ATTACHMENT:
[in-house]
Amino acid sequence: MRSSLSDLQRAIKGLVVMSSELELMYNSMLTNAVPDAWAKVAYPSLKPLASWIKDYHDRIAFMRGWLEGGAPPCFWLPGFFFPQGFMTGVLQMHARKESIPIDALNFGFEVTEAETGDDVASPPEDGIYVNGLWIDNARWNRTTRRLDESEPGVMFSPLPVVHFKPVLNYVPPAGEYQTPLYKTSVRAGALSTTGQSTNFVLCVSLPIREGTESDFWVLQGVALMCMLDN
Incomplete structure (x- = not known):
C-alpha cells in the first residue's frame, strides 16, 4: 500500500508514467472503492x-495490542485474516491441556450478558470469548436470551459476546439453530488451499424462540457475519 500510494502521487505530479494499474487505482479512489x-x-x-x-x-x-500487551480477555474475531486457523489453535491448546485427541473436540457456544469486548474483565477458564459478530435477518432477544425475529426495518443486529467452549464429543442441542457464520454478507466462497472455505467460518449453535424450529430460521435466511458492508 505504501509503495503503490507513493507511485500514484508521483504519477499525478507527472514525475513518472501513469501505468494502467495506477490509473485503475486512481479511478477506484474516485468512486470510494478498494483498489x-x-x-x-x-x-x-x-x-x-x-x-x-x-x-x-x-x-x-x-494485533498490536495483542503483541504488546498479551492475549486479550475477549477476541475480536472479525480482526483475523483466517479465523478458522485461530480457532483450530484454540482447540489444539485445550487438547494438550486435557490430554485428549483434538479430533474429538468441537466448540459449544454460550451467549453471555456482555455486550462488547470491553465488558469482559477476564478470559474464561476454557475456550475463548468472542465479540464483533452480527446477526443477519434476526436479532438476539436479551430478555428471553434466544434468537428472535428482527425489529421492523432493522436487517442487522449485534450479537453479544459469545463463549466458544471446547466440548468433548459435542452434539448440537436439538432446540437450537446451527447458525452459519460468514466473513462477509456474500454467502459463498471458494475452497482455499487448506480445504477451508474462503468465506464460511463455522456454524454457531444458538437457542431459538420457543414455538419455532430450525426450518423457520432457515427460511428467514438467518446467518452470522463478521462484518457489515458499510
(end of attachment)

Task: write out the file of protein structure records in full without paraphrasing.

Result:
[in-house]
Amino acid sequence: MRSSLSDLQRAIKGLVVMSSELELMYNSMLTNAVPDAWAKVAYPSLKPLASWIKDYHDRIAFMRGWLEGGAPPCFWLPGFFFPQGFMTGVLQMHARKESIPIDALNFGFEVTEAETGDDVASPPEDGIYVNGLWIDNARWNRTTRRLDESEPGVMFSPLPVVHFKPVLNYVPPAGEYQTPLYKTSVRAGALSTTGQSTNFVLCVSLPIREGTESDFWVLQGVALMCMLDN
Incomplete structure (x- = not known):
C-alpha cells in the first residue's frame, strides 16, 4: 500500500508514467472503492x-495490542485474516491441556450478558470469548436470551459476546439453530488451499424462540457475519 500510494502521487505530479494499474487505482479512489x-x-x-x-x-x-500487551480477555474475531486457523489453535491448546485427541473436540457456544469486548474483565477458564459478530435477518432477544425475529426495518443486529467452549464429543442441542457464520454478507466462497472455505467460518449453535424450529430460521435466511458492508 505504501509503495503503490507513493507511485500514484508521483504519477499525478507527472514525475513518472501513469501505468494502467495506477490509473485503475486512481479511478477506484474516485468512486470510494478498494483498489x-x-x-x-x-x-x-x-x-x-x-x-x-x-x-x-x-x-x-x-494485533498490536495483542503483541504488546498479551492475549486479550475477549477476541475480536472479525480482526483475523483466517479465523478458522485461530480457532483450530484454540482447540489444539485445550487438547494438550486435557490430554485428549483434538479430533474429538468441537466448540459449544454460550451467549453471555456482555455486550462488547470491553465488558469482559477476564478470559474464561476454557475456550475463548468472542465479540464483533452480527446477526443477519434476526436479532438476539436479551430478555428471553434466544434468537428472535428482527425489529421492523432493522436487517442487522449485534450479537453479544459469545463463549466458544471446547466440548468433548459435542452434539448440537436439538432446540437450537446451527447458525452459519460468514466473513462477509456474500454467502459463498471458494475452497482455499487448506480445504477451508474462503468465506464460511463455522456454524454457531444458538437457542431459538420457543414455538419455532430450525426450518423457520432457515427460511428467514438467518446467518452470522463478521462484518457489515458499510